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    BW5_EU27-UK

    Could the UK influence EU regulations behind closed doors?

    150 150 ioana bere

    Regulatory cooperation in seemingly technical meetings and without Parliament’s democratic scrutiny might influence EU legislation, according to a policy paper commissioned by the Greens in the European Parliament.

    It gives the example of Canada that tried to influence, among other issues, the EU’s hazard-based approach inside CETA‘s regulatory committees. Documentation on this was disclosed at the request of Foodwatch Netherlands.

    This should inform the implementation of the Brexit deal, according to law Professor Dr. René Repasi who wrote the paper.

    Within the framework of EU-UK technical regulatory cooperation, the parties may (1) inform each other about legislative proposals or review and (2) to the extent feasible, consider each other‘s approach on the matter, (3) provide information and discuss regulatory measures.

    Such an “early exchange of regulatory plans can also mean that the contracting parties have an influence on draft regulation at a time before the European legislator has received these drafts”, said Repasi.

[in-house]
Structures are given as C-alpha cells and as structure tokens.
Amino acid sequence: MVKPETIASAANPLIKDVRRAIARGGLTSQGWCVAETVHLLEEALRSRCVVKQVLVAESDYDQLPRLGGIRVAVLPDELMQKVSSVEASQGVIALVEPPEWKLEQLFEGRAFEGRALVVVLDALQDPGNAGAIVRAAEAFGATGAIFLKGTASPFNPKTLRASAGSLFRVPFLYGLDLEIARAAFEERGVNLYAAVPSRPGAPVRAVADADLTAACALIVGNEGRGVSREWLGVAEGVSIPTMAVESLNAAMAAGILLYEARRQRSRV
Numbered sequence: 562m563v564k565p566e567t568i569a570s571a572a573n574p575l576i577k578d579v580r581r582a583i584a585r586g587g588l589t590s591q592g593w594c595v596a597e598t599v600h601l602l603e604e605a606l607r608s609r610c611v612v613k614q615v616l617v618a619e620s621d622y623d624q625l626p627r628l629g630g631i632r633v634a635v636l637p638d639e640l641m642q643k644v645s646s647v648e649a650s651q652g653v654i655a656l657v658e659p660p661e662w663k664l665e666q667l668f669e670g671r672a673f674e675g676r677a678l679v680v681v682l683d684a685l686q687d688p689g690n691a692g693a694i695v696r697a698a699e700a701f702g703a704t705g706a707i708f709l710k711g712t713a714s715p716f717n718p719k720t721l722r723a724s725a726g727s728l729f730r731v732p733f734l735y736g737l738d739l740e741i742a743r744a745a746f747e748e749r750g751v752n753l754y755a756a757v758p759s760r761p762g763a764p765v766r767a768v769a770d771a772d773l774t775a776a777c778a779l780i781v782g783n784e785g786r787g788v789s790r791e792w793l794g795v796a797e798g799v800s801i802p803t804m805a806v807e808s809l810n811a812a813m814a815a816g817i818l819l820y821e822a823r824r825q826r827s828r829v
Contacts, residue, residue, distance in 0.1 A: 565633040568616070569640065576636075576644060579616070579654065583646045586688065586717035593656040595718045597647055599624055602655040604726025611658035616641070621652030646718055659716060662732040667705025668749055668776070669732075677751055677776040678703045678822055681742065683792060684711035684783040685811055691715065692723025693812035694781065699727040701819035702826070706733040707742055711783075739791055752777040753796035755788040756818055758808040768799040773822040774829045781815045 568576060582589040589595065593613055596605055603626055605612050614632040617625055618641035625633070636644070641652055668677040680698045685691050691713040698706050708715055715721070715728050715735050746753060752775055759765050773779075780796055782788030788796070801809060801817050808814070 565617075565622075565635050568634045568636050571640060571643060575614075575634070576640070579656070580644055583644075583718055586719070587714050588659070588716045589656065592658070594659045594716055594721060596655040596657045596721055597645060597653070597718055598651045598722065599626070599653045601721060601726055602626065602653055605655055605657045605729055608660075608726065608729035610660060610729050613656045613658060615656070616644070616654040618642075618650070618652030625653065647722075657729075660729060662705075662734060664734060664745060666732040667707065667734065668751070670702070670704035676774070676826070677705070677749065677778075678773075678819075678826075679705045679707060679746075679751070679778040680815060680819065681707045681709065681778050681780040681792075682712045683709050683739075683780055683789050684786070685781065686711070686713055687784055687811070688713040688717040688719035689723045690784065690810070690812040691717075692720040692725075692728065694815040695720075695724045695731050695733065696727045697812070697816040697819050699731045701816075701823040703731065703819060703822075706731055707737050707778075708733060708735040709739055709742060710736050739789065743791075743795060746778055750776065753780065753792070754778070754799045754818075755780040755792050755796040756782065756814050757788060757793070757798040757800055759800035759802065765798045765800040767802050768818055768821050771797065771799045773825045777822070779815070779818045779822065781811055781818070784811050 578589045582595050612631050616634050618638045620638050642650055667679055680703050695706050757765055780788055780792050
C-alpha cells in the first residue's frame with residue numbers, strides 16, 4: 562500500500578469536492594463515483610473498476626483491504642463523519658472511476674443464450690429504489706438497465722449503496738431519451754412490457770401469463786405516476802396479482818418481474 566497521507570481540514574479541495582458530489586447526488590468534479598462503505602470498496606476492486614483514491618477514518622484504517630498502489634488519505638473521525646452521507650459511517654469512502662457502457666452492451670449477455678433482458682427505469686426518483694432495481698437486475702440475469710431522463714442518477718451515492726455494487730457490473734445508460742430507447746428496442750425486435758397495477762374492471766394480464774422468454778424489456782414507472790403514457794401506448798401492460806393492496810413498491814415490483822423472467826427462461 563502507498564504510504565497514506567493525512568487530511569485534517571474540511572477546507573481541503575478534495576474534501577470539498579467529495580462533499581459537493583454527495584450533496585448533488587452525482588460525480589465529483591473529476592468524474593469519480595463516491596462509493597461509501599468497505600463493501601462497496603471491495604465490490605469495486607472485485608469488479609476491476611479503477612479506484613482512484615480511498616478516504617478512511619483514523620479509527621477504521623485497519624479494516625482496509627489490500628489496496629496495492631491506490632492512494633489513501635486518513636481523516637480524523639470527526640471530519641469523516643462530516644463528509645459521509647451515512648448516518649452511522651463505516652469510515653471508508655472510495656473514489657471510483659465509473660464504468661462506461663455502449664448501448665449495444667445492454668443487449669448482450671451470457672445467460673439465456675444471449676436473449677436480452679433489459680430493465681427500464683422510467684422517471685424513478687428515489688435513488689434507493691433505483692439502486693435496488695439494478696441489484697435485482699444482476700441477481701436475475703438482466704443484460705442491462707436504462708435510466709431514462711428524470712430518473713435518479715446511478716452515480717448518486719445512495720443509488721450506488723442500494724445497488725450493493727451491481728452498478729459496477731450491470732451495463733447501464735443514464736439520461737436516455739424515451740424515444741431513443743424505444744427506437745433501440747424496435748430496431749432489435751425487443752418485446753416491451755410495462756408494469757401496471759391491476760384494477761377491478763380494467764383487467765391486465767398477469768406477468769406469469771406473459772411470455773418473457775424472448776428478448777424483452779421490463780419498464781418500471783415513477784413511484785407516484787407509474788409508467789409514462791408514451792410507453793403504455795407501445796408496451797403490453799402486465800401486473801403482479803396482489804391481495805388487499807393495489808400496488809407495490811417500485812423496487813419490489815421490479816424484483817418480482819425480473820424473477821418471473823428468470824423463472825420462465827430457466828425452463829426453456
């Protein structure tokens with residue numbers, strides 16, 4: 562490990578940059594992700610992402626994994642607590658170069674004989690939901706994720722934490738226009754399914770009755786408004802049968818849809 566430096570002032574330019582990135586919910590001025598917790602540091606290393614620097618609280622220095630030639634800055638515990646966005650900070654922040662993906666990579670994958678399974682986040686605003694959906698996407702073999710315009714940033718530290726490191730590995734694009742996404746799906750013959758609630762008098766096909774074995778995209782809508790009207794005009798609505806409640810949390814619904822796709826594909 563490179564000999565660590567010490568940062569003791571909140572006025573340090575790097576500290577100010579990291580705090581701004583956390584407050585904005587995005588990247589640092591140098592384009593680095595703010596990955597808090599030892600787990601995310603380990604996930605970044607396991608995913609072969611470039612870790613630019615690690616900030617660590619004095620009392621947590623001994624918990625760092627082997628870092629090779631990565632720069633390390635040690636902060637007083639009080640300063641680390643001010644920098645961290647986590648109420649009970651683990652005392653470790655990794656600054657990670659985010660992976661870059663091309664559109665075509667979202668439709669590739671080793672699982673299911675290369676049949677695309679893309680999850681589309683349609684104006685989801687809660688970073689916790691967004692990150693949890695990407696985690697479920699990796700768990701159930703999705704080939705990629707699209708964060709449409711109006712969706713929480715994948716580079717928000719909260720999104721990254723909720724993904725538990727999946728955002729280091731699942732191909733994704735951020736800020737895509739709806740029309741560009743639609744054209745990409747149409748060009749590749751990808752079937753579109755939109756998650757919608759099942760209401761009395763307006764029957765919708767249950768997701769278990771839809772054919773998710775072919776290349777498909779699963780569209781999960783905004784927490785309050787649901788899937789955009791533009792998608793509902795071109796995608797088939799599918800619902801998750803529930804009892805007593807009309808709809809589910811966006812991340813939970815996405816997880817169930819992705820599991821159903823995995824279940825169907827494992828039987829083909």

Therefore, he proposes the appointment of a permanent European Parliament representative to the regulatory cooperation committees, who should be present in the room and get early access to the discussions.

    Professor Dr. Rene Repasi policy paper on Options for a stronger parliamentary involvement in the implementation of the TCA with the UK
    Foodwatch Netherlands report (2020)
    EU–UK TCA text, Article GRP.12 on Regulatory cooperation activities, page 193


    A complaint mechanism for civil society’s trade tool box

    150 150 ioana bere

    Since the conclusion of the EU-UK agreement, one of the big questions among stakeholders and MEPs has been: how can civil society have a role in monitoring and enforcing the deal?


    The Single Entry Point (SEP) was introduced by the European Commission last year, together with the appointment of the Chief Trade Enforcement Officer. The latter was promised in President von der Leyen’s political guidelines (2019) and is part of a growing recognition that ‘trade is not an end in itself’, that trade deals must have ambitious sustainable development chapters and compliance needs to be improved.